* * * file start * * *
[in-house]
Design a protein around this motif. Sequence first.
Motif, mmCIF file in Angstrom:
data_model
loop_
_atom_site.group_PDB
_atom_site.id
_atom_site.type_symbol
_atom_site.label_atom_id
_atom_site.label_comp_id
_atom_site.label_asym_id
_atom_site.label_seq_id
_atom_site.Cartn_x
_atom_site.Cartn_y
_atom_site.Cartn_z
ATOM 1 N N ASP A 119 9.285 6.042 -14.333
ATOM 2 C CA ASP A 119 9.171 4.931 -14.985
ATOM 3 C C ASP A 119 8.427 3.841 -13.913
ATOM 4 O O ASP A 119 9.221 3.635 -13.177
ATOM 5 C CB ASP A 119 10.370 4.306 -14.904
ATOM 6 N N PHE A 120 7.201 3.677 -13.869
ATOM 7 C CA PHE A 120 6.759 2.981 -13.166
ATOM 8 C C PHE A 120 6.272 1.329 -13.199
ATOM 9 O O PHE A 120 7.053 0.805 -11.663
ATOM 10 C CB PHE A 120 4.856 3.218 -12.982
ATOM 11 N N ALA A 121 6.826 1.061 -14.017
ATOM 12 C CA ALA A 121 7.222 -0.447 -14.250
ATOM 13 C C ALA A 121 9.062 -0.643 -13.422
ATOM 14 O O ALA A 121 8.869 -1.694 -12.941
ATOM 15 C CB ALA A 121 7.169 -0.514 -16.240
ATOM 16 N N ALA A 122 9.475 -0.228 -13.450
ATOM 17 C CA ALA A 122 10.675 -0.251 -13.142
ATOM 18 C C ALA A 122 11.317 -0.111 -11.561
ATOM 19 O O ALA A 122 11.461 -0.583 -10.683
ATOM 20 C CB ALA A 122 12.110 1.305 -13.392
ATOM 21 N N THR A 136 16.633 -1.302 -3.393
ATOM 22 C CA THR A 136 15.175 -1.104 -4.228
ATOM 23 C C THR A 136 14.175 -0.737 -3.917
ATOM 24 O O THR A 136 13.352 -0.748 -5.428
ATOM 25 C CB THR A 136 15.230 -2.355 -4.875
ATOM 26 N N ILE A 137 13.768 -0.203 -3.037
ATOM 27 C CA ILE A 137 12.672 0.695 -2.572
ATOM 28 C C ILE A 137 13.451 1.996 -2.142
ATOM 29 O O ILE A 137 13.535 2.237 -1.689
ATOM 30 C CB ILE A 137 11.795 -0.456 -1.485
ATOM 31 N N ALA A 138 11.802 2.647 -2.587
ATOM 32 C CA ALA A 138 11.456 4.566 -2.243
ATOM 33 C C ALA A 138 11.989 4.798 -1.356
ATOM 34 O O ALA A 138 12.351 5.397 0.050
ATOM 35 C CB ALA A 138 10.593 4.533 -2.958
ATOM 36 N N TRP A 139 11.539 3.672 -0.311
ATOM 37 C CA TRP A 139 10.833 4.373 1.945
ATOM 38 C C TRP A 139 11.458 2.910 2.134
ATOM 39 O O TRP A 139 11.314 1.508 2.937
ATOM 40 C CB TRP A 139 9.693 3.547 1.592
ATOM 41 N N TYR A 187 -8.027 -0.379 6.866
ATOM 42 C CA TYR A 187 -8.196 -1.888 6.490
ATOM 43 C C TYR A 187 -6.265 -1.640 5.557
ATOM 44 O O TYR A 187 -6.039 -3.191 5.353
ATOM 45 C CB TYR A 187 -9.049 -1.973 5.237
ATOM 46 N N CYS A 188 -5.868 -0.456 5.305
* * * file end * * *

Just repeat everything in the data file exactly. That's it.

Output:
[in-house]
Design a protein around this motif. Sequence first.
Motif, mmCIF file in Angstrom:
data_model
loop_
_atom_site.group_PDB
_atom_site.id
_atom_site.type_symbol
_atom_site.label_atom_id
_atom_site.label_comp_id
_atom_site.label_asym_id
_atom_site.label_seq_id
_atom_site.Cartn_x
_atom_site.Cartn_y
_atom_site.Cartn_z
ATOM 1 N N ASP A 119 9.285 6.042 -14.333
ATOM 2 C CA ASP A 119 9.171 4.931 -14.985
ATOM 3 C C ASP A 119 8.427 3.841 -13.913
ATOM 4 O O ASP A 119 9.221 3.635 -13.177
ATOM 5 C CB ASP A 119 10.370 4.306 -14.904
ATOM 6 N N PHE A 120 7.201 3.677 -13.869
ATOM 7 C CA PHE A 120 6.759 2.981 -13.166
ATOM 8 C C PHE A 120 6.272 1.329 -13.199
ATOM 9 O O PHE A 120 7.053 0.805 -11.663
ATOM 10 C CB PHE A 120 4.856 3.218 -12.982
ATOM 11 N N ALA A 121 6.826 1.061 -14.017
ATOM 12 C CA ALA A 121 7.222 -0.447 -14.250
ATOM 13 C C ALA A 121 9.062 -0.643 -13.422
ATOM 14 O O ALA A 121 8.869 -1.694 -12.941
ATOM 15 C CB ALA A 121 7.169 -0.514 -16.240
ATOM 16 N N ALA A 122 9.475 -0.228 -13.450
ATOM 17 C CA ALA A 122 10.675 -0.251 -13.142
ATOM 18 C C ALA A 122 11.317 -0.111 -11.561
ATOM 19 O O ALA A 122 11.461 -0.583 -10.683
ATOM 20 C CB ALA A 122 12.110 1.305 -13.392
ATOM 21 N N THR A 136 16.633 -1.302 -3.393
ATOM 22 C CA THR A 136 15.175 -1.104 -4.228
ATOM 23 C C THR A 136 14.175 -0.737 -3.917
ATOM 24 O O THR A 136 13.352 -0.748 -5.428
ATOM 25 C CB THR A 136 15.230 -2.355 -4.875
ATOM 26 N N ILE A 137 13.768 -0.203 -3.037
ATOM 27 C CA ILE A 137 12.672 0.695 -2.572
ATOM 28 C C ILE A 137 13.451 1.996 -2.142
ATOM 29 O O ILE A 137 13.535 2.237 -1.689
ATOM 30 C CB ILE A 137 11.795 -0.456 -1.485
ATOM 31 N N ALA A 138 11.802 2.647 -2.587
ATOM 32 C CA ALA A 138 11.456 4.566 -2.243
ATOM 33 C C ALA A 138 11.989 4.798 -1.356
ATOM 34 O O ALA A 138 12.351 5.397 0.050
ATOM 35 C CB ALA A 138 10.593 4.533 -2.958
ATOM 36 N N TRP A 139 11.539 3.672 -0.311
ATOM 37 C CA TRP A 139 10.833 4.373 1.945
ATOM 38 C C TRP A 139 11.458 2.910 2.134
ATOM 39 O O TRP A 139 11.314 1.508 2.937
ATOM 40 C CB TRP A 139 9.693 3.547 1.592
ATOM 41 N N TYR A 187 -8.027 -0.379 6.866
ATOM 42 C CA TYR A 187 -8.196 -1.888 6.490
ATOM 43 C C TYR A 187 -6.265 -1.640 5.557
ATOM 44 O O TYR A 187 -6.039 -3.191 5.353
ATOM 45 C CB TYR A 187 -9.049 -1.973 5.237
ATOM 46 N N CYS A 188 -5.868 -0.456 5.305